Iraqis work closely with 56th SBCT engineers
By Capt. Maggie White, 56th SBCT PAO
CAMP TAJI, Iraq - National Guardsmen from Pennsylvania are providing expertise and assistance for the Iraqi Army and civil engineers here.
The engineers from 56th Stryker "Independence" Brigade Combat Team, 28th Infantry Division, Multi-National Division-Baghdad recently assumed control of the battlespace north of Baghdad, and are working with Iraqi civil and military personnel to carry on the security and reconstruction missions of the engineers.
"The 56th SBCT engineers are responsible primarily for route clearance and sanitation, force protection, and restoration of essential services" said Capt. Phil Benner, assistant brigade engineer for the 56th SBCT, a native of Tucson, Ariz. The engineers work closely with the Iraqi ministries and their Iraqi Army partners to accomplish these tasks.
Soldiers from the 856th Engineer Company and the 1st Battalion,108th Field Artillery Regiment conduct route clearance and sanitation. The brigade works with the 2nd Field Engineer Company, 9th Engineer Regiment, 9th Iraqi Army Division during route clearance efforts, Benner said. The 9th Engineers have a route clearance trained element and now conduct autonomous route clearing operations. Independence brigade engineers are helping the Iraqi Army expand that capability and more.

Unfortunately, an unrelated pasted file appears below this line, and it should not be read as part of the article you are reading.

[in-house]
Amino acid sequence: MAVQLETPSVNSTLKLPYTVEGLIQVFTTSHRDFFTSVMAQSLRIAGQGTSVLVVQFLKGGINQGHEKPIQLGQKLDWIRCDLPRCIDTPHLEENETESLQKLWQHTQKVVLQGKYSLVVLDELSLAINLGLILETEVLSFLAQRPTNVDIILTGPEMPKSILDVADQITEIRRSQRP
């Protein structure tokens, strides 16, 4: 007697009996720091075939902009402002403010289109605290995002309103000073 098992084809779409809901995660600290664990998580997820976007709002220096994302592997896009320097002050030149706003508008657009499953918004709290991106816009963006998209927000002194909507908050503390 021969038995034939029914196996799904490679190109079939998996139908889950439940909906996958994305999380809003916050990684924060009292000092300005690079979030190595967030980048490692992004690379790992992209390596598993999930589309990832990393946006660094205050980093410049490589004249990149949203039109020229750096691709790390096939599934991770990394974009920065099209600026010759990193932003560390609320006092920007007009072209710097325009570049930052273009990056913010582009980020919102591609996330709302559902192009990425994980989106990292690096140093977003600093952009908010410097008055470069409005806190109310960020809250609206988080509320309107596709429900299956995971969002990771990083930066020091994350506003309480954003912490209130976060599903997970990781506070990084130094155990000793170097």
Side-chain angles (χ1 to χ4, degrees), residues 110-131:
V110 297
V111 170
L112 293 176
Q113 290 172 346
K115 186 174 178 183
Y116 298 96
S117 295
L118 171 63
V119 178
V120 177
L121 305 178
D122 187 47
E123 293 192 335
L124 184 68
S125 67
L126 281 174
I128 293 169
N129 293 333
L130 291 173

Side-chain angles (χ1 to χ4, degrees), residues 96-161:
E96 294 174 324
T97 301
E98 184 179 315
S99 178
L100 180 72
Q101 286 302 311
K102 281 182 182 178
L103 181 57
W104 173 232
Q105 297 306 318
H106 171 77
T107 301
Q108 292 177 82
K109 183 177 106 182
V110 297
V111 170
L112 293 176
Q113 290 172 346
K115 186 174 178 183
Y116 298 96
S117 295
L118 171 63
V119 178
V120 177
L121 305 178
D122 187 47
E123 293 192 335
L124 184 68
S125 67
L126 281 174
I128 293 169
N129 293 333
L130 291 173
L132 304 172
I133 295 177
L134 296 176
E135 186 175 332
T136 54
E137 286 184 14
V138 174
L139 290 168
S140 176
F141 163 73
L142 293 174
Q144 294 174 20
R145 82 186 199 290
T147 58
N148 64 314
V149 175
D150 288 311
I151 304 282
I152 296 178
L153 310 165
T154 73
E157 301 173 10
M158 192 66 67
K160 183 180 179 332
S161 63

"We want to make sure the Iraqis have the tools they need for success on their own," Benner said.
A school on Camp Taji teaches the Iraqi Army basic combat engineering, and the brigade builds on those skills on a daily basis.
Brigade engineers oversee the force protection mission at many of the remote joint security stations in the Independence brigade's operational environment. The Iraqi Security Forces are gradually taking command of these locations, so the engineers from 56th SBCT are preparing them for the task of fortifying the bases, said Capt. Curtis Drake, brigade engineer for the 56th SBCT, of Brookville, Pa.
"We conduct vulnerability assessments and quality control and quality assurance at the security stations," Drake noted.
Their work on restoring essential services for local Iraqi citizens, such as power, sanitation, and the availability of water for drinking and irrigation is an ongoing effort. The anticipated opening of the North Baghdad Power Plant is an example of a project where Iraqis are rebuilding the local infrastructure, according to Drake.
The brigade engineers work full time with three Iraqi nationals who are civil and electrical engineers by trade. They conduct all work and planning through the Government of Iraq ministries with the 56th SBCT serving as mentors but working alongside experienced Iraqis.
"We don't want Coalition forces to make the primary decisions in these processes," Drake added. "We want to support the Iraqi leadership as they step out in front during this process."
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